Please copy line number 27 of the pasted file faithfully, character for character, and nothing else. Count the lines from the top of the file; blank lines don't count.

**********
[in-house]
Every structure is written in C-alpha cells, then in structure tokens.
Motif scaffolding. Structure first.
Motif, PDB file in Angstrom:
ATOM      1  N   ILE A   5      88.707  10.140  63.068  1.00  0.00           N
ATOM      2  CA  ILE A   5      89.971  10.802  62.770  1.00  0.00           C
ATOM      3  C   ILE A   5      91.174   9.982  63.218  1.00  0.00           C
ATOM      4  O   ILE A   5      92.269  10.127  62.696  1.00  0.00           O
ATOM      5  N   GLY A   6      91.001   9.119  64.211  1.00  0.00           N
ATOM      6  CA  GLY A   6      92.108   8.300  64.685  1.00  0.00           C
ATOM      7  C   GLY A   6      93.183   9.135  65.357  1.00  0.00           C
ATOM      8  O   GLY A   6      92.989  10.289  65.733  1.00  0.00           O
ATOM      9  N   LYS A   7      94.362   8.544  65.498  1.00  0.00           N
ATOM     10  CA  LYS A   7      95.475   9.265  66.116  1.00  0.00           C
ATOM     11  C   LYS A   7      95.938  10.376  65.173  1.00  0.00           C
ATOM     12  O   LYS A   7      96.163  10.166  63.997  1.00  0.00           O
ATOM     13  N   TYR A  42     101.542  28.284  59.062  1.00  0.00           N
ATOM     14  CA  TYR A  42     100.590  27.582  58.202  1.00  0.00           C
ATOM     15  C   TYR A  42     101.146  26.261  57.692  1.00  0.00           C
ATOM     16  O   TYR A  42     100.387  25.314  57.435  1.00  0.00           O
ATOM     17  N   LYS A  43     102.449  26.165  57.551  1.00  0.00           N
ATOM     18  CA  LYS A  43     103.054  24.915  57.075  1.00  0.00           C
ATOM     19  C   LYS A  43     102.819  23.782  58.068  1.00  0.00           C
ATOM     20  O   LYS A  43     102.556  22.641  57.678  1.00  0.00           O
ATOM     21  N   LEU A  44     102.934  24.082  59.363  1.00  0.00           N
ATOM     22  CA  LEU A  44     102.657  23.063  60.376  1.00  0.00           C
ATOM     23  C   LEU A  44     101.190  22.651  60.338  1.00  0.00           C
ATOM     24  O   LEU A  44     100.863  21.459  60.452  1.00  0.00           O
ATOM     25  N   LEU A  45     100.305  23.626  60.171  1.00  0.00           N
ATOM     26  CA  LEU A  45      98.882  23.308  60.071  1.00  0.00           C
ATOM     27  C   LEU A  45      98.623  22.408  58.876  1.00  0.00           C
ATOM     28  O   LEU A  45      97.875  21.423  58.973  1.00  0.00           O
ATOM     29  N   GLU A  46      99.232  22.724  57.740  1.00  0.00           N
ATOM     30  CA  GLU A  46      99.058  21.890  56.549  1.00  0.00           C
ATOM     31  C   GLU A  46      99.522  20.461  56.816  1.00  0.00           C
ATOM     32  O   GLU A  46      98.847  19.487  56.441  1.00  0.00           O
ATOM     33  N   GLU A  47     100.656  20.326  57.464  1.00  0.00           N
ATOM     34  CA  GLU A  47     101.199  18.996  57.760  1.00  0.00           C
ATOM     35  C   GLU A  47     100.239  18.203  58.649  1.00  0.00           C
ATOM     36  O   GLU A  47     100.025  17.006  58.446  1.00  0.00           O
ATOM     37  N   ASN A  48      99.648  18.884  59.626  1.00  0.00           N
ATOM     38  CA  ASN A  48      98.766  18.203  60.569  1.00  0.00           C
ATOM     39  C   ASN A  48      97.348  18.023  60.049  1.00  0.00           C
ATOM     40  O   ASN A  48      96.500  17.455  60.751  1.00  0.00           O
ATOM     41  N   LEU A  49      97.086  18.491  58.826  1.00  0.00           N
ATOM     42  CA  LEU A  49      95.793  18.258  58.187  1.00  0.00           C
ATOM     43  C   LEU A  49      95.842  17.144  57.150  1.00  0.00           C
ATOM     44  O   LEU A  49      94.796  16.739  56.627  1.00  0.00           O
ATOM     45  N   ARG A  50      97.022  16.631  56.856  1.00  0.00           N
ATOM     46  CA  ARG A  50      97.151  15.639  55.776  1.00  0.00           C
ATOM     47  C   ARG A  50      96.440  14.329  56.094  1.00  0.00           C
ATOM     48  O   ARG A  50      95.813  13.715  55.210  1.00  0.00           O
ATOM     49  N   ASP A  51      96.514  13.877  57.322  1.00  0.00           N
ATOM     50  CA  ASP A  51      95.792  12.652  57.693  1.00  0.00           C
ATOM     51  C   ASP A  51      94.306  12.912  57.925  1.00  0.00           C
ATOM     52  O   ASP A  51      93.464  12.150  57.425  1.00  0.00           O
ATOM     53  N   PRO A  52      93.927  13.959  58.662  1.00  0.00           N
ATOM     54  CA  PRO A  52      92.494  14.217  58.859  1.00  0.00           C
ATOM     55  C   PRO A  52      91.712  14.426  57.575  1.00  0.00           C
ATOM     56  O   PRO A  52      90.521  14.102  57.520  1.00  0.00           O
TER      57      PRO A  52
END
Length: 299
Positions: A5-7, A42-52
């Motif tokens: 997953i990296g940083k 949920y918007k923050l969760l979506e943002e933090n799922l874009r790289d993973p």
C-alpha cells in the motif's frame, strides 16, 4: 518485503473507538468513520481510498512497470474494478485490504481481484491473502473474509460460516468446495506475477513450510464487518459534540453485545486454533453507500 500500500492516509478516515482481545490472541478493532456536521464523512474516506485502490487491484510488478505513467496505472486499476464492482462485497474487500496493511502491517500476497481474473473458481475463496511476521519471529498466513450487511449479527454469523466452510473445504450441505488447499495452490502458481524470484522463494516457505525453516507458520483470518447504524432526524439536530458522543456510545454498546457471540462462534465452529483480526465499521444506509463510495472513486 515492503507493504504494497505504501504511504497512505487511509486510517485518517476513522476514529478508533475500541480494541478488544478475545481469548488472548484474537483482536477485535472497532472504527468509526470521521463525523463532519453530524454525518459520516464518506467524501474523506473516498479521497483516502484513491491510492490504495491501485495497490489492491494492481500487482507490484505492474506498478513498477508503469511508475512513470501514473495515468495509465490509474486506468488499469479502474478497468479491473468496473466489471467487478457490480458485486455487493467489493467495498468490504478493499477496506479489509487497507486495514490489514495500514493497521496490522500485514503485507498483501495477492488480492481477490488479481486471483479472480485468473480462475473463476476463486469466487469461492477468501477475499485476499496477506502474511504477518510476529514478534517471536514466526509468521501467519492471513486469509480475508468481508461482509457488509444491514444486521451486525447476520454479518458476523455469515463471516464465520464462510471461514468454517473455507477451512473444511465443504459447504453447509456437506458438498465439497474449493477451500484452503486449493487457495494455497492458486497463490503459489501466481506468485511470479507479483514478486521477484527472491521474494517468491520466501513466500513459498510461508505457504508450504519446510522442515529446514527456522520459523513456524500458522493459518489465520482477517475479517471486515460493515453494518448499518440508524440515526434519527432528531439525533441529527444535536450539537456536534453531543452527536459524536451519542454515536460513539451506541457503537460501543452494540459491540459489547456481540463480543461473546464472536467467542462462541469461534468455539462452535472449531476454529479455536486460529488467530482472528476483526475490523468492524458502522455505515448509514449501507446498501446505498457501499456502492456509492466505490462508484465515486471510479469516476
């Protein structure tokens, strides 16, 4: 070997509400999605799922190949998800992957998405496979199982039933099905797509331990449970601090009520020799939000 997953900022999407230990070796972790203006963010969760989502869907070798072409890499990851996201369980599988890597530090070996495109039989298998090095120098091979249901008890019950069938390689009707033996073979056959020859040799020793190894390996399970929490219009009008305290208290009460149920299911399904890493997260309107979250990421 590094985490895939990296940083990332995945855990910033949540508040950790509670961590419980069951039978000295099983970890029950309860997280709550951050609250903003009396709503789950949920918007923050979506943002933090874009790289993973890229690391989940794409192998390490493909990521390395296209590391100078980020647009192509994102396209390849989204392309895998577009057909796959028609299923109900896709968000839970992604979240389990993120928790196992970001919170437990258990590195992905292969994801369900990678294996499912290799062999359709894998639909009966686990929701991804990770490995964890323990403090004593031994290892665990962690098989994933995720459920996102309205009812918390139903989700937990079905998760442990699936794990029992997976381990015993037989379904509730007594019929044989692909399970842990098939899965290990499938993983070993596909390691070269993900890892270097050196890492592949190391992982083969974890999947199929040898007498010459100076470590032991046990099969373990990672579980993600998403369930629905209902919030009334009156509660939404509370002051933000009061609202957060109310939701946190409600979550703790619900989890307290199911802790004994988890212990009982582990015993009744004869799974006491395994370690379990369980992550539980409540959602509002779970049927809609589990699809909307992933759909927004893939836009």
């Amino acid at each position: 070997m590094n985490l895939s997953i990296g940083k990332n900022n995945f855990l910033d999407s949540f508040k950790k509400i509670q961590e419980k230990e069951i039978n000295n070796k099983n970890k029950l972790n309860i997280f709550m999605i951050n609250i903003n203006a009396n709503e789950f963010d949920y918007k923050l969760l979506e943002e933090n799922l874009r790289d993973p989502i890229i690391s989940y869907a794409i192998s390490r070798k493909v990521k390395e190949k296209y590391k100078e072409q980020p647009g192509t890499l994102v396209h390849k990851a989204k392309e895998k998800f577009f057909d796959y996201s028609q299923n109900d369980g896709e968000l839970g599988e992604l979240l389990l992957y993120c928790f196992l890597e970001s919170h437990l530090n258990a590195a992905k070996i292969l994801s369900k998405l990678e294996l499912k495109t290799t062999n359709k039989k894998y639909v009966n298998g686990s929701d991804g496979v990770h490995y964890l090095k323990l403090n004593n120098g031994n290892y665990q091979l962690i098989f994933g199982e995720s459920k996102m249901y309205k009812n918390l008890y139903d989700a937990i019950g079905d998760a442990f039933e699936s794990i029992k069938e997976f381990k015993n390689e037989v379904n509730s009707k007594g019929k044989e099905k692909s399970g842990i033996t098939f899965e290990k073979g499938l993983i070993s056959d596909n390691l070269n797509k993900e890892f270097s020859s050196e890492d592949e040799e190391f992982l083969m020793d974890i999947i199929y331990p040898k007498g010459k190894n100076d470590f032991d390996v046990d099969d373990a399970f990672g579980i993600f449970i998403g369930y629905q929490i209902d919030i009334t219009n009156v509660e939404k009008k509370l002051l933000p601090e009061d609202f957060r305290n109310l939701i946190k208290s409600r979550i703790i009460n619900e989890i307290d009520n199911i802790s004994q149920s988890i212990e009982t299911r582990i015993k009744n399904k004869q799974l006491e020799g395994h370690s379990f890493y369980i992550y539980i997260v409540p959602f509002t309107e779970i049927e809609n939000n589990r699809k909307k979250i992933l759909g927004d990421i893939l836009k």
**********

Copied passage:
ATOM     23  C   LEU A  44     101.190  22.651  60.338  1.00  0.00           C